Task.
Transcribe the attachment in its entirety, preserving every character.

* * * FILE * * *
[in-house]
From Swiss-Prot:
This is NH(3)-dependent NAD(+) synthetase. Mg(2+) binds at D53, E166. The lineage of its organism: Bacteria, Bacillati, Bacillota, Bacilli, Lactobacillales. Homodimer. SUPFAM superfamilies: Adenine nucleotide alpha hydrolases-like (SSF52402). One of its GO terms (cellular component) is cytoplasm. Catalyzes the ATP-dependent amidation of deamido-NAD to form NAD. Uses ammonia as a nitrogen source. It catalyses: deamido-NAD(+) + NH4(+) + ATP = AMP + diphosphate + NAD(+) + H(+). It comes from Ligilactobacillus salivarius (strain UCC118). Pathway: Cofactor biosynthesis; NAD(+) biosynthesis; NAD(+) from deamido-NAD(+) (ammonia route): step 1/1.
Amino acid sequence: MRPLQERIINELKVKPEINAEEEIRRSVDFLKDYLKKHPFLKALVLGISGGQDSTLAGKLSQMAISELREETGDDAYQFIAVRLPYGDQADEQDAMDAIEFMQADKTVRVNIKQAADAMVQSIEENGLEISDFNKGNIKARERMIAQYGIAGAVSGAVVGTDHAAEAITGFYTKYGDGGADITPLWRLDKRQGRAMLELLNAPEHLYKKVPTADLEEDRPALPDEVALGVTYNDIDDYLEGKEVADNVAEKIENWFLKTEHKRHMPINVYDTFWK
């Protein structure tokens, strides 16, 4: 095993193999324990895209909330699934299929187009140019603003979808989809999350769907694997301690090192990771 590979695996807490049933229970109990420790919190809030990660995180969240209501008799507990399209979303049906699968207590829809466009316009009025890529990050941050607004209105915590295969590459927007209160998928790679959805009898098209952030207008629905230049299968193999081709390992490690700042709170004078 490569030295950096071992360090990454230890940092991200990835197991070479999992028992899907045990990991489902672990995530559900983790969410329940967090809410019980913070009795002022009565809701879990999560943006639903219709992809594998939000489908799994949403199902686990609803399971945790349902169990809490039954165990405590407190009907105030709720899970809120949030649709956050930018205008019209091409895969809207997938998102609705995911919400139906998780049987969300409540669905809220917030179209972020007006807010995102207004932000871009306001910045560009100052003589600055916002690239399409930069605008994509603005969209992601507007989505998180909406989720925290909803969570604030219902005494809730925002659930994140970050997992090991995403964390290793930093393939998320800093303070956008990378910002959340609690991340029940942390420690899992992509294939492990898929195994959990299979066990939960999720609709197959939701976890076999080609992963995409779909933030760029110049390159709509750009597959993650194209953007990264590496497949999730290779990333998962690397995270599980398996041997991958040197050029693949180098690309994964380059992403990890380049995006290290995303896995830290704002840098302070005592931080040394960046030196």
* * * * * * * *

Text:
[in-house]
From Swiss-Prot:
This is NH(3)-dependent NAD(+) synthetase. Mg(2+) binds at D53, E166. The lineage of its organism: Bacteria, Bacillati, Bacillota, Bacilli, Lactobacillales. Homodimer. SUPFAM superfamilies: Adenine nucleotide alpha hydrolases-like (SSF52402). One of its GO terms (cellular component) is cytoplasm. Catalyzes the ATP-dependent amidation of deamido-NAD to form NAD. Uses ammonia as a nitrogen source. It catalyses: deamido-NAD(+) + NH4(+) + ATP = AMP + diphosphate + NAD(+) + H(+). It comes from Ligilactobacillus salivarius (strain UCC118). Pathway: Cofactor biosynthesis; NAD(+) biosynthesis; NAD(+) from deamido-NAD(+) (ammonia route): step 1/1.
Amino acid sequence: MRPLQERIINELKVKPEINAEEEIRRSVDFLKDYLKKHPFLKALVLGISGGQDSTLAGKLSQMAISELREETGDDAYQFIAVRLPYGDQADEQDAMDAIEFMQADKTVRVNIKQAADAMVQSIEENGLEISDFNKGNIKARERMIAQYGIAGAVSGAVVGTDHAAEAITGFYTKYGDGGADITPLWRLDKRQGRAMLELLNAPEHLYKKVPTADLEEDRPALPDEVALGVTYNDIDDYLEGKEVADNVAEKIENWFLKTEHKRHMPINVYDTFWK
């Protein structure tokens, strides 16, 4: 095993193999324990895209909330699934299929187009140019603003979808989809999350769907694997301690090192990771 590979695996807490049933229970109990420790919190809030990660995180969240209501008799507990399209979303049906699968207590829809466009316009009025890529990050941050607004209105915590295969590459927007209160998928790679959805009898098209952030207008629905230049299968193999081709390992490690700042709170004078 490569030295950096071992360090990454230890940092991200990835197991070479999992028992899907045990990991489902672990995530559900983790969410329940967090809410019980913070009795002022009565809701879990999560943006639903219709992809594998939000489908799994949403199902686990609803399971945790349902169990809490039954165990405590407190009907105030709720899970809120949030649709956050930018205008019209091409895969809207997938998102609705995911919400139906998780049987969300409540669905809220917030179209972020007006807010995102207004932000871009306001910045560009100052003589600055916002690239399409930069605008994509603005969209992601507007989505998180909406989720925290909803969570604030219902005494809730925002659930994140970050997992090991995403964390290793930093393939998320800093303070956008990378910002959340609690991340029940942390420690899992992509294939492990898929195994959990299979066990939960999720609709197959939701976890076999080609992963995409779909933030760029110049390159709509750009597959993650194209953007990264590496497949999730290779990333998962690397995270599980398996041997991958040197050029693949180098690309994964380059992403990890380049995006290290995303896995830290704002840098302070005592931080040394960046030196």